Chipping Warden is a village in Northamptonshire, England about 6 miles (10 km) northeast of the Oxfordshire town of Banbury. The parish is bounded to the east and south by the River Cherwell, to the west by the boundary with Oxfordshire and to the north by field boundaries.
Marston St. Lawrence is a village and civil parish about 4 miles (6.4 km) northwest of Brackley in Northamptonshire. A stream flows through the village and another forms the southern boundary of the parish. The two merge as Farthinghoe Stream, a tributary of the Great Ouse. The 2001 Census recorded the parish population as 209, decreasing slightly to 202 at the 2011 Census.
Chesterton is a village and civil parish on Gagle Brook, a tributary of the Langford Brook in north Oxfordshire. The village is about 1 1⁄2 miles (2.4 km) southwest of the market town of Bicester. The village has sometimes been called Great Chesterton to distinguish it from the hamlet of Little Chesterton, about 3⁄4 mile (1.2 km) to the south in the same parish. The 2011 Census recorded the parish population as 850.
Caversfield is a village and civil parish about 1 1⁄2 miles (2.4 km) north of the centre of Bicester. In 1844 Caversfield became part of Oxfordshire, but until then it was always an exclave of Buckinghamshire. The 2011 Census recorded the parish's population as 1,788.
Clanfield is a village and civil parish about three miles (5 km) south of Carterton, Oxfordshire. The parish includes the hamlet of Little Clanfield one mile (1.6 km) west of the village, on Little Clanfield Brook which forms the parish's western boundary. The parish's eastern boundary is Black Bourton Brook and its southern boundary is Radcot Cut, an artificial watercourse on the River Thames floodplain. The 2011 Census recorded the parish's population as 879.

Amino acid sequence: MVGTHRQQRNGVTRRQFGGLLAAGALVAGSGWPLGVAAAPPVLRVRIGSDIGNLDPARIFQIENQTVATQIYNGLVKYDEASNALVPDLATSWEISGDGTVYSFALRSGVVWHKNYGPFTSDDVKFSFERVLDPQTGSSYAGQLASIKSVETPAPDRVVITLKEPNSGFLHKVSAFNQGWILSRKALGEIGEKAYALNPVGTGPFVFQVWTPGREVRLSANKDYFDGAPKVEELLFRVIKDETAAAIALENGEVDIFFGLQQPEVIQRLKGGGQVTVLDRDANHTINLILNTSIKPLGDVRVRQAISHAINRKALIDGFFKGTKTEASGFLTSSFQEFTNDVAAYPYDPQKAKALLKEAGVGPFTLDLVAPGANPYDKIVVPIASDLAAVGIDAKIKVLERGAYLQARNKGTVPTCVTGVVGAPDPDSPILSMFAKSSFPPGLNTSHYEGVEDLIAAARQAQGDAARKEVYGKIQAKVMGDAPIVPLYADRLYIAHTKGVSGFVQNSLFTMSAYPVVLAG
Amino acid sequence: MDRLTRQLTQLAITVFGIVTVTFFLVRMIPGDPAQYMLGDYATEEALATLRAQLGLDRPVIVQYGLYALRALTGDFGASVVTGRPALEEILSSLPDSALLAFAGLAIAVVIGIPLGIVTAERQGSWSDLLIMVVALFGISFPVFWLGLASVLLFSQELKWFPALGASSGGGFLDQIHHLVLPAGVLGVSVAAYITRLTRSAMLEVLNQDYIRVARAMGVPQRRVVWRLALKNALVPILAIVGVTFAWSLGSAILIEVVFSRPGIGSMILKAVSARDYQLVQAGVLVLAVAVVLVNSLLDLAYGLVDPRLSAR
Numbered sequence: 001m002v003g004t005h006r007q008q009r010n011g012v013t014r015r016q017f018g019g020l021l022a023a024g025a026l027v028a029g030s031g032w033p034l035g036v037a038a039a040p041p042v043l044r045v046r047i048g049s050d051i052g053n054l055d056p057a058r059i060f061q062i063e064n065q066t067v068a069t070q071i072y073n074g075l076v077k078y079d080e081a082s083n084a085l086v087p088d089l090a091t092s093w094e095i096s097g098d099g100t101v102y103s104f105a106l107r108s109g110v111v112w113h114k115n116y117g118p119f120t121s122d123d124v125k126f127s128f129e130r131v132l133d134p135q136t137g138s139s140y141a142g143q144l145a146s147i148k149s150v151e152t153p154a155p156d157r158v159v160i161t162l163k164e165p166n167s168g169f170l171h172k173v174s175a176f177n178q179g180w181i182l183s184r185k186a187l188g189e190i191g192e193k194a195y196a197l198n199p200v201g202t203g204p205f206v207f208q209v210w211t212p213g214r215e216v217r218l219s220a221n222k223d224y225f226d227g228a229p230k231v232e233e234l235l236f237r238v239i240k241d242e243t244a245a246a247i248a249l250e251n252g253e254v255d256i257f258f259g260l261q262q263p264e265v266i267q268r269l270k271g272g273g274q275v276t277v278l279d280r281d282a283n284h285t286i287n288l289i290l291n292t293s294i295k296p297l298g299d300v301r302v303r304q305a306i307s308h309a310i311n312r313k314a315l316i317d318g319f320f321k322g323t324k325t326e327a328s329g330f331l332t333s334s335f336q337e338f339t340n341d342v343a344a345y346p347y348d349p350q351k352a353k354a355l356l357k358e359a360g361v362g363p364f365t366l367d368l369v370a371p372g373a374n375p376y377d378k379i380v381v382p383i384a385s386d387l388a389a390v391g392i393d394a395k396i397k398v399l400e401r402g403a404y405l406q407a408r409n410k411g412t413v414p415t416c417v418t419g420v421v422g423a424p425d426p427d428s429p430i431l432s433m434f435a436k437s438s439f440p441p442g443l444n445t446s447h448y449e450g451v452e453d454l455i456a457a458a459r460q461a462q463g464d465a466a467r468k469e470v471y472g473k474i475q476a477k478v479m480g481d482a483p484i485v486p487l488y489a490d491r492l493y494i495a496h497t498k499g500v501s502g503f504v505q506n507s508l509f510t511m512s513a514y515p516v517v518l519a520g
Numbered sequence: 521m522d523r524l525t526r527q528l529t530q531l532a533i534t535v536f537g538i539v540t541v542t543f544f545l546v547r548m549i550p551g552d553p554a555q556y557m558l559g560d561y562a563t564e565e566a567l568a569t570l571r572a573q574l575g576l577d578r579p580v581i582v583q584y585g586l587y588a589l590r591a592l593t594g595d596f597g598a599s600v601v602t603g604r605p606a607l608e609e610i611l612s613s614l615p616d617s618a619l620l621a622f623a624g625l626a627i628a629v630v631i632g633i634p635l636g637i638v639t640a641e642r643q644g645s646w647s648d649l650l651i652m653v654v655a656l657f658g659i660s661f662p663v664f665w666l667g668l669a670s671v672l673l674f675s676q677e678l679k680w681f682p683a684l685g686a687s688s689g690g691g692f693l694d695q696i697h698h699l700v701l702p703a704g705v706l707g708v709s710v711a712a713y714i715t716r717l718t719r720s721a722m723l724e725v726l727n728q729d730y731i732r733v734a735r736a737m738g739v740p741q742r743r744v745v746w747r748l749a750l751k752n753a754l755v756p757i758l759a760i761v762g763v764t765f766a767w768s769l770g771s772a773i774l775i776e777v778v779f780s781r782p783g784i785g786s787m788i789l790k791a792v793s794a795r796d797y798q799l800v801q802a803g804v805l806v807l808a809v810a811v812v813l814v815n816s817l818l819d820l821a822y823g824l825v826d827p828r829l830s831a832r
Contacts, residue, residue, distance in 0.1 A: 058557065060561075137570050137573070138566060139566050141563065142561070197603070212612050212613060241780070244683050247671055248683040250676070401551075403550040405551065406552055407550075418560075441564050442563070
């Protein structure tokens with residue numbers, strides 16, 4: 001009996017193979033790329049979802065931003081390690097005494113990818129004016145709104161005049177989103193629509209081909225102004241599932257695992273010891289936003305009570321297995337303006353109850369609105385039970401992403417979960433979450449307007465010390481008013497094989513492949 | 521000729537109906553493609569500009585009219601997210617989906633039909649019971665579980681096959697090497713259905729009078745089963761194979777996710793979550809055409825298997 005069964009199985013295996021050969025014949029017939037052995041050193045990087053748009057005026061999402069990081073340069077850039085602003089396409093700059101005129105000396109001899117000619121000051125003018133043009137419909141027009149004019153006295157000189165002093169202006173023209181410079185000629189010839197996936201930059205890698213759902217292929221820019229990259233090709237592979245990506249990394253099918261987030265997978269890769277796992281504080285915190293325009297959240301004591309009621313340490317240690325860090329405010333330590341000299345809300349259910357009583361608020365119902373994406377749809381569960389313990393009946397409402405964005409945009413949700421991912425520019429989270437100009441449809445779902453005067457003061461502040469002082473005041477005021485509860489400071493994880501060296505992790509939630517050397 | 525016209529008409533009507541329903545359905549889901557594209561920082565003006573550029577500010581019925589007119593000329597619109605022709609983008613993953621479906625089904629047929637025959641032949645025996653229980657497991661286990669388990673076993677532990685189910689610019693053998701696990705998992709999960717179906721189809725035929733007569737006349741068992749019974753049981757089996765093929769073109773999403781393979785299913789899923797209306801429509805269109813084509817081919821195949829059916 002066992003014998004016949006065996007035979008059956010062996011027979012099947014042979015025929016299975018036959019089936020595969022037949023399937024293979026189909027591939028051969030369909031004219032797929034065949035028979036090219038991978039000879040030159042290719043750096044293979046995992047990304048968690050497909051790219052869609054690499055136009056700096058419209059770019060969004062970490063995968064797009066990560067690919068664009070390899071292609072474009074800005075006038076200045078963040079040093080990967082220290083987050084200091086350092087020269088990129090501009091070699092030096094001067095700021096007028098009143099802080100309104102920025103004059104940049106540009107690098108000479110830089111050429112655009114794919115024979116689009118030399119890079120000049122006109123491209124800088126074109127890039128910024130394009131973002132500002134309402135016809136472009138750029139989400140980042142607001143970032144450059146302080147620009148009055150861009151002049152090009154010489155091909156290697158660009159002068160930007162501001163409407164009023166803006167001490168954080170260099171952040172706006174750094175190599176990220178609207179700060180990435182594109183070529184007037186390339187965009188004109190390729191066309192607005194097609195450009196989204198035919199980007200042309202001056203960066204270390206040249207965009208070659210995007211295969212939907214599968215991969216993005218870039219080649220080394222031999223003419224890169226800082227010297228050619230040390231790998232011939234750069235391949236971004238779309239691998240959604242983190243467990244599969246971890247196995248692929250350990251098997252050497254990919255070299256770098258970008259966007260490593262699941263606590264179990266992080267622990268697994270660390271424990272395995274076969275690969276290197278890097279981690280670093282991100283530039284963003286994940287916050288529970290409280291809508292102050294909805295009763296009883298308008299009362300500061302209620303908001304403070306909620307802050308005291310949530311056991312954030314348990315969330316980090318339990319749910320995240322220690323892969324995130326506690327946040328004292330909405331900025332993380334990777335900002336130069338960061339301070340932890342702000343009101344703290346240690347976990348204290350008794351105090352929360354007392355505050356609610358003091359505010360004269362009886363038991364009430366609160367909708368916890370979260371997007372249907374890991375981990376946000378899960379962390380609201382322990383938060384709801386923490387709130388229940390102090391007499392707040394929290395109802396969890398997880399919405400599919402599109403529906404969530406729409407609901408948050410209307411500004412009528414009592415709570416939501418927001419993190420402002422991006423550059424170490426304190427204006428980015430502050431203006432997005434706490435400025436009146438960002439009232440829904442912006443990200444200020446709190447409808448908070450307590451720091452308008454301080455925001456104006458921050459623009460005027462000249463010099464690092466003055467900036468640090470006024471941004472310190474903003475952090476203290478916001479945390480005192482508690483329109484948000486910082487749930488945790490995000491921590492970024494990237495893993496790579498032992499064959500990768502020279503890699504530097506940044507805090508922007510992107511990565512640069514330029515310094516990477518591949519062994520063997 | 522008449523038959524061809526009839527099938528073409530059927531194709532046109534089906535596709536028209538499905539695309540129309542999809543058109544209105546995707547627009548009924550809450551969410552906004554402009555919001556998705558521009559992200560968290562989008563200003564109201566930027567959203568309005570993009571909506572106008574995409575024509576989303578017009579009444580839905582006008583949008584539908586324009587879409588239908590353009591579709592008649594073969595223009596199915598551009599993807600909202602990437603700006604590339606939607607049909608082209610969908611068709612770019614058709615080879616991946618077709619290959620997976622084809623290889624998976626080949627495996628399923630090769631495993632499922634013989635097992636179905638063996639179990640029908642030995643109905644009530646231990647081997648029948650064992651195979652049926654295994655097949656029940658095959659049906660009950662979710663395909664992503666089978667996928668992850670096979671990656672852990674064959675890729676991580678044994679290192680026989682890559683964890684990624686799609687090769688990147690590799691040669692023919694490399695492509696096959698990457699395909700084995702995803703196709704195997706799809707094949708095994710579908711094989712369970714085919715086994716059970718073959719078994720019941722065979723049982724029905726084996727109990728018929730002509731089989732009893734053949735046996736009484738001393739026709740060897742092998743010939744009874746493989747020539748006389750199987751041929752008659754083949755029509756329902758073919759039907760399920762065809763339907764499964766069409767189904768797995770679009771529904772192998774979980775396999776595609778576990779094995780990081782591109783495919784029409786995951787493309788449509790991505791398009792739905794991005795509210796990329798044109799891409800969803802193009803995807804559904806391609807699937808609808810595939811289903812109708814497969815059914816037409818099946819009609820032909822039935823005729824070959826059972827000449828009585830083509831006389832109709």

Chacombe is an English village and civil parish in South Northamptonshire, about 3 miles (5 km) north-east of the Oxfordshire town of Banbury. It has sometimes been spelt Chalcombe. The parish is bounded to the west by the River Cherwell, to the north by a tributary of it, and to the south-east by the Banbury–Syresham road. The 2011 Census recorded the parish population as 659.
Culworth is a village and civil parish about 7 miles (11 km) north of Brackley in South Northamptonshire, England. Culworth is also about 7 miles (11 km) northeast of the north Oxfordshire town of Banbury.
Loddington is a village and civil parish about 3 miles (5 km) west of Kettering, Northamptonshire, England.
Pillerton Hersey is a village and civil parish about 5.5 miles (9 km) north of Shipston-on-Stour in Warwickshire, England. The village is on a stream that flows northwest to join the River Dene. The 2011 Census recorded the parish's population as 170.
The Church of St James the Less, Sulgrave, is the Church of England parish church of Sulgrave, a village and civil parish about 5 miles (8 km) north of Brackley, Northamptonshire. The present church dates largely from the 13th and 14th centuries and is recorded in the National Heritage List for England as a designated Grade II* listed building.